Today I have been on Bupropion (Wellbutrin) for two weeks. I took 150 mg for the first week and then I was bumped up to 300 mg a week ago. I was a little nervous about going up to 300 mg as my notes (from my first hospitalization around 10 years ago) recorded my maximum dose of Wellbutrin at the time as being 150 mg.

As usual, my psychiatrist had been very specific about keeping tabs on any mania that might be triggered by this medication but (as I suspected) nothing even remotely akin to mania has taken place so far. In fact, the only changes I have detected are:

  • increased volume in the (already present) ringing in my ears
  • dry mouth surpassing anything Lithium every threw at me -to the point where I have been experimenting with different dry-mouth remedies and medications
  • greatly increased tremor action (increasing what was already present due to Lithium)

While I don’t particularly enjoy clanging glasses of water against my teeth while trying to drink or being almost entirely unable to apply eyeliner on myself because I’m shaking so much, honestly I’d rather experience that over, say, a headache lasting two full weeks (ahem, you  know who you are seroquel).

I understand that I have not been taking this antidepressant long enough to realistically expect any improvement in my (still sinking) depression, but the few inconvenient side effects I’ve had have been extremely preferable to pretty much medications 1-14.

Having said that, my psychiatrist was insistent that I increase my seroquel/quetiapine dosage to 50 mg before starting the wellbutrin. I realize this is considered a tiny amount to most people, but even so I’ve been having a very hard time on it. Beyond the two week headache I had when I increased the dosage (which seems to have abated now) I’ve also been having a host of gastrointestinal problems involving a lot of pain, more than a little discomfort, and enough bloating to make me look like a pregnant woman by the time I go to bed.

If I need to keep taking quetiapine, a trip to my gastroenterologist is imminent. None of my previous stomach medications are working anymore, and while this is something that is probably number one on my list of concerns there is an extremely close tie for number one, namely;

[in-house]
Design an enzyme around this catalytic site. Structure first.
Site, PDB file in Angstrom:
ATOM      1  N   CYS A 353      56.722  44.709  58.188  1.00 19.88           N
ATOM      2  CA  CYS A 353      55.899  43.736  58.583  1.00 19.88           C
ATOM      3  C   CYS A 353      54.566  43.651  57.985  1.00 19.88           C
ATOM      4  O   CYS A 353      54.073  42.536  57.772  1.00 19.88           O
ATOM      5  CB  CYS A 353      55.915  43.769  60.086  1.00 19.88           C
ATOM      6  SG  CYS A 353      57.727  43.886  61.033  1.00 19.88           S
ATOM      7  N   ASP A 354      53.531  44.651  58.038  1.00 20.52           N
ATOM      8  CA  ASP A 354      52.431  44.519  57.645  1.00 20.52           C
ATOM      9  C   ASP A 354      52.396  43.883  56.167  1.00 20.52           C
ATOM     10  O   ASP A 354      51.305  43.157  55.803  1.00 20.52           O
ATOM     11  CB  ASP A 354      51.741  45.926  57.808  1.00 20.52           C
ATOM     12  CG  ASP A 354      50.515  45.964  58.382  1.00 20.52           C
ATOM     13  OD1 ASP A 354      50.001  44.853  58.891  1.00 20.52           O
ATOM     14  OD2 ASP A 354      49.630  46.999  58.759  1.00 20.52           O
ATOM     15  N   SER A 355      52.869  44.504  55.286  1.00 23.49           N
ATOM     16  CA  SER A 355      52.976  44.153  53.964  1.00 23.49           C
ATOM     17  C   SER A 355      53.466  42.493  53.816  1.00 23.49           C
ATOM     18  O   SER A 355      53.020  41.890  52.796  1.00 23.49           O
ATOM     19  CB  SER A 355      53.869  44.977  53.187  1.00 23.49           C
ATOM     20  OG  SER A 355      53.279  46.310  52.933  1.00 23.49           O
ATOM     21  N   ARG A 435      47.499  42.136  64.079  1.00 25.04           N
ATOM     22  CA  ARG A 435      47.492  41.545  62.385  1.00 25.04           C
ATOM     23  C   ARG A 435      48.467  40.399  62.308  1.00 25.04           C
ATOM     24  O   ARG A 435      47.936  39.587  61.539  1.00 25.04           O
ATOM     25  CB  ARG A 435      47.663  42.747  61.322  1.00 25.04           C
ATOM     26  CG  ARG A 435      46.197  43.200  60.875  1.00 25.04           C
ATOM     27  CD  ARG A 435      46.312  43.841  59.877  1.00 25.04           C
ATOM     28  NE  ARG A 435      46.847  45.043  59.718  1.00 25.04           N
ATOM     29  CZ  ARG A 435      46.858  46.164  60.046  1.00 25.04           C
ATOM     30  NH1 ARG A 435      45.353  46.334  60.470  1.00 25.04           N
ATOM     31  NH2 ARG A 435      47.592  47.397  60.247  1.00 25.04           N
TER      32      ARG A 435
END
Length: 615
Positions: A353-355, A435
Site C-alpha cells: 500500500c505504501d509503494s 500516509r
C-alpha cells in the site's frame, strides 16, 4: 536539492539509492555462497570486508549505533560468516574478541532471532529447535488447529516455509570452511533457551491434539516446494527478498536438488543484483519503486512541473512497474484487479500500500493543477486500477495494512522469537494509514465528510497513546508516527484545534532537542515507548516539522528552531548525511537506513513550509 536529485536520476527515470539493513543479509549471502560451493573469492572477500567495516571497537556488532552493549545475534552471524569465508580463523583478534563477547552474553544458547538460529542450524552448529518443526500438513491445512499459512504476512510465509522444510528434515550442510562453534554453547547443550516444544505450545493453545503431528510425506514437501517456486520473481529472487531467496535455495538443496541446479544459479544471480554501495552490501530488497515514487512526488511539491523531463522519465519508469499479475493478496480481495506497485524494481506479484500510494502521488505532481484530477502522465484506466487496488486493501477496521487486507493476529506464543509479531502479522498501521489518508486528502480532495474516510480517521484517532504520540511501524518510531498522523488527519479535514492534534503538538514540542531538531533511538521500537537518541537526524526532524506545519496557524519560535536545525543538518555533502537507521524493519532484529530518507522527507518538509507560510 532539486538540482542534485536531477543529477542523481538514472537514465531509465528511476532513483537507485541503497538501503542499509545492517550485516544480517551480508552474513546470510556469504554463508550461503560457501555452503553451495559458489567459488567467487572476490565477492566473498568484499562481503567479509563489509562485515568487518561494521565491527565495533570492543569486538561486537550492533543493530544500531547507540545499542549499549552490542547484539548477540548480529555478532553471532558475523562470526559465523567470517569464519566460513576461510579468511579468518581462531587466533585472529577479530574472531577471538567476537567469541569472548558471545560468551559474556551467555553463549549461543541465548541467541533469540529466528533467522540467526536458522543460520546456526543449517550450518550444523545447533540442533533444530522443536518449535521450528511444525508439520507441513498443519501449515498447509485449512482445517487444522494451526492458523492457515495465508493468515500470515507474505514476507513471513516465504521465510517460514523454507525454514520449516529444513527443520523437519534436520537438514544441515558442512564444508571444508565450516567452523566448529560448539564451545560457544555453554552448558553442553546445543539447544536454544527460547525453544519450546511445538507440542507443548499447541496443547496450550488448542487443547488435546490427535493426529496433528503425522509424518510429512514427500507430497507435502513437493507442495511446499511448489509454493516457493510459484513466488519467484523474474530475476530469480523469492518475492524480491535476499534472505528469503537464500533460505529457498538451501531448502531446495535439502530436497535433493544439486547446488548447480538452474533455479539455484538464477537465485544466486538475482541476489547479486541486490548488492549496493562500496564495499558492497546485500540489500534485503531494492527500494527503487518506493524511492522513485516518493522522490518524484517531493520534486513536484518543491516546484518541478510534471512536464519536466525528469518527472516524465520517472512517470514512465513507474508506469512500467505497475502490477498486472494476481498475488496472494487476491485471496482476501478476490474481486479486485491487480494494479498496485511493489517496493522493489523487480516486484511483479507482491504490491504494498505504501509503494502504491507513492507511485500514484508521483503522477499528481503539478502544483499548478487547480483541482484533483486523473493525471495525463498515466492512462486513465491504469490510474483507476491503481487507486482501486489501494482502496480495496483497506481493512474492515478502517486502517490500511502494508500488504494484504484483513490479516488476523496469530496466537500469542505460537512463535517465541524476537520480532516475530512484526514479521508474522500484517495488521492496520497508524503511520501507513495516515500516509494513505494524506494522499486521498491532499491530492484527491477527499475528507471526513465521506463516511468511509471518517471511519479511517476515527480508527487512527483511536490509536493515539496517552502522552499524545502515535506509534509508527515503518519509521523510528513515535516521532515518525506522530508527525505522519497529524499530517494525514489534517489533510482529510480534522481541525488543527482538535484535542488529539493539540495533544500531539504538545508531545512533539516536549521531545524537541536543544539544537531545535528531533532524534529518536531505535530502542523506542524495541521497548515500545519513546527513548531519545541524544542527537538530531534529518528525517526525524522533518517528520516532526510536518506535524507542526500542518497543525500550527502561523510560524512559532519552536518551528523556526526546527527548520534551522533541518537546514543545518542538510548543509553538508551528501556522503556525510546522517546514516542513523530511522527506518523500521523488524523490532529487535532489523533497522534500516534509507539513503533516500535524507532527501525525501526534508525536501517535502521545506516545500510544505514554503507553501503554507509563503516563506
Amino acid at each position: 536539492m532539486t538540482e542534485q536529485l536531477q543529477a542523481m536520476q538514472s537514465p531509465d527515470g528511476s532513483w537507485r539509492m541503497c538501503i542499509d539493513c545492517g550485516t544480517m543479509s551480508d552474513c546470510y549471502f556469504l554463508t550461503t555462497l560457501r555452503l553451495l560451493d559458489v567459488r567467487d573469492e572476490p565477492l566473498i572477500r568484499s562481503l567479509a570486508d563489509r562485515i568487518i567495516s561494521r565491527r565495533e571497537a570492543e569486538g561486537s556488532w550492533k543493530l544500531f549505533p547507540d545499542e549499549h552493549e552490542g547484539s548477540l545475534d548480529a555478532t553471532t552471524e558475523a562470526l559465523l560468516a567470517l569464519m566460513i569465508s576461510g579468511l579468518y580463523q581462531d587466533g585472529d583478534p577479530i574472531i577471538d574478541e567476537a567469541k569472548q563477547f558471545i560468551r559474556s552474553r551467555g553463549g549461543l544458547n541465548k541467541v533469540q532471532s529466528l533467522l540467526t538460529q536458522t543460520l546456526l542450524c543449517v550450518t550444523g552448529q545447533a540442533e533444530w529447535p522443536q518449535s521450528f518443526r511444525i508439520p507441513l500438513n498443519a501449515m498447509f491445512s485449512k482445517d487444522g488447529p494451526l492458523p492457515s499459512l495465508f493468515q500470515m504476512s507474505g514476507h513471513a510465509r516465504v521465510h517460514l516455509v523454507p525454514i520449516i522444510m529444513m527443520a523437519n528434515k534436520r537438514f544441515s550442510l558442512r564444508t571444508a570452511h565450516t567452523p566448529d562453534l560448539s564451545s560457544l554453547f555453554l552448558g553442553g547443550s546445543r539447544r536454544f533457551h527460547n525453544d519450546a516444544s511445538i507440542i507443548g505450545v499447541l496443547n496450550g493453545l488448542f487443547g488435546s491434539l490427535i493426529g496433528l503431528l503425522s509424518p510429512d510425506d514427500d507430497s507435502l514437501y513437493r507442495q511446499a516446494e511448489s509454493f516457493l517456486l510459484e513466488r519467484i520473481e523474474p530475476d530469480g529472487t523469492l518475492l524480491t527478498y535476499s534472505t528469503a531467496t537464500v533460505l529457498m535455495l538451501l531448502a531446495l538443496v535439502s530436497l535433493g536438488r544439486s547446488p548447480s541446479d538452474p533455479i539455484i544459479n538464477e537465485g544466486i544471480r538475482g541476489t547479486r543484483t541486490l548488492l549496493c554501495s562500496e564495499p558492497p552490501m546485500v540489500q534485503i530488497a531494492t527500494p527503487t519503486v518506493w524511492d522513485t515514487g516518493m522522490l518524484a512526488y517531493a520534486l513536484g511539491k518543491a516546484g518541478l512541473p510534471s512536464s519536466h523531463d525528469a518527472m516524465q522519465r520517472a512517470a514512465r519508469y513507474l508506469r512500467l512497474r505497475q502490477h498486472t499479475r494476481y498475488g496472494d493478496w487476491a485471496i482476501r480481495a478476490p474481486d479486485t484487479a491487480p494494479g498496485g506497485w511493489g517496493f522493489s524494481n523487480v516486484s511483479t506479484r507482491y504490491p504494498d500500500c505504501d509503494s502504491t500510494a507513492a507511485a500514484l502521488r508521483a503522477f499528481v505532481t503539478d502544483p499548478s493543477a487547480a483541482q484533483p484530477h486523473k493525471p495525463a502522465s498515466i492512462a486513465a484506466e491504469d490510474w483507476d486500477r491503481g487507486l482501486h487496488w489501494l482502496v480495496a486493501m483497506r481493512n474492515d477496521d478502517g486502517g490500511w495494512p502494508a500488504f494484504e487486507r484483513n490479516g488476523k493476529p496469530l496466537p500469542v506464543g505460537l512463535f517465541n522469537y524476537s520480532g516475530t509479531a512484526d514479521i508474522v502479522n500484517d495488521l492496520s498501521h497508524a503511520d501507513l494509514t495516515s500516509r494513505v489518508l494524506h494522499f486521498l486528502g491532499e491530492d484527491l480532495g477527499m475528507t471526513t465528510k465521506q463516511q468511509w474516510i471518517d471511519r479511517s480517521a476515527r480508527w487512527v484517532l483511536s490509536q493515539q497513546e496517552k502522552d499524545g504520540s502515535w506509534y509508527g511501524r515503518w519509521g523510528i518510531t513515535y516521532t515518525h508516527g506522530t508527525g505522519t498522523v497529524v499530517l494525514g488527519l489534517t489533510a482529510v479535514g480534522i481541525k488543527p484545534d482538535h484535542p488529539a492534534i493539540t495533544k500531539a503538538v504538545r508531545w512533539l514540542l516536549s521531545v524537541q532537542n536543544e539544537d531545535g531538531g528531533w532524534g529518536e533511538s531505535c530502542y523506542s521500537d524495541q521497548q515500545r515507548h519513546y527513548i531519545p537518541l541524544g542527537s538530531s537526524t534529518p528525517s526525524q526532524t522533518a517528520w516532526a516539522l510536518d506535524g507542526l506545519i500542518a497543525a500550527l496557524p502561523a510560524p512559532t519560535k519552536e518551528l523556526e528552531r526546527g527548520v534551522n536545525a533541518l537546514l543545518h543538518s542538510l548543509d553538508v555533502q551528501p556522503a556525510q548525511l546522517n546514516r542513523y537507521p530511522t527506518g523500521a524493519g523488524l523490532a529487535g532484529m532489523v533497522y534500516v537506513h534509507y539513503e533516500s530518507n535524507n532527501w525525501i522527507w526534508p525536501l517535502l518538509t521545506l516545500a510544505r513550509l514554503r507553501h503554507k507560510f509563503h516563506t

hair loss.

Yeah. Nobody likes to have chunks of hair falling out, and right now I am losing at least 3-4 times the amount I would normally lose in a day. My hair is very thick (so I am sure it is not noticeable yet) but I don’t particularly want to use the fact that I have a lot of hair as an excuse to lose more. I know this is not a side effect listed for Seroquel, but  when I did a quick search online it seems I am not the only one experiencing this (by far). Also, I wouldn’t peg this on the wellbutrin because it started before I began taking it.

Thankfully, today I get to address these issues (and more) with my psychiatrist. I am not exactly looking forward to going out in public but I have definitely been experiencing some things that need to be addressed. Hopefully I can find some relief from the physical discomfort, even if I’m still waiting on relief for the emotional.

Feeling Worse Before Feeling Better

During my last two visits with my psychiatrist we concluded to move forward with the idea of pursuing electroconvulsive therapy (ECT) as the next treatment option for my treatment-resistant bipolar symptoms.

While saying, “let’s do it!” has set a series of actions in motion (mostly on his side), I have yet to see any of the fruits of that action. At this point he is trying to get me a consultation with the staff at one of the two hospitals in the area that perform ECT, but the situation is tricky. Of the two hospitals, the closest one severely gives me the creeps, and the other involves a commute through a busy area (and we don’t have a car). Naturally I’m assuming that after urging my brain into a state of convulsion, I probably shouldn’t be riding the bus, so figuring out a system to even get to the hospital for these treatments is another thing to work on.

Having said that, after some research it appears that there will probably be a significant wait time (no surprise there) to even see these leading doctors to have a consultation. I am not expecting any of this to happen any time soon, but I am a little thankful to have some time to allow my head to wrap itself around the idea of taking such a step in such a (scary?) direction. I know my fear probably isn’t overwhelmingly warranted, seeing as I was just as nervous about the idea of taking lithium and now, even after having overdosed on it, I find it no more terrifying (and possibly even less so) than any other drug I’ve tried thus far.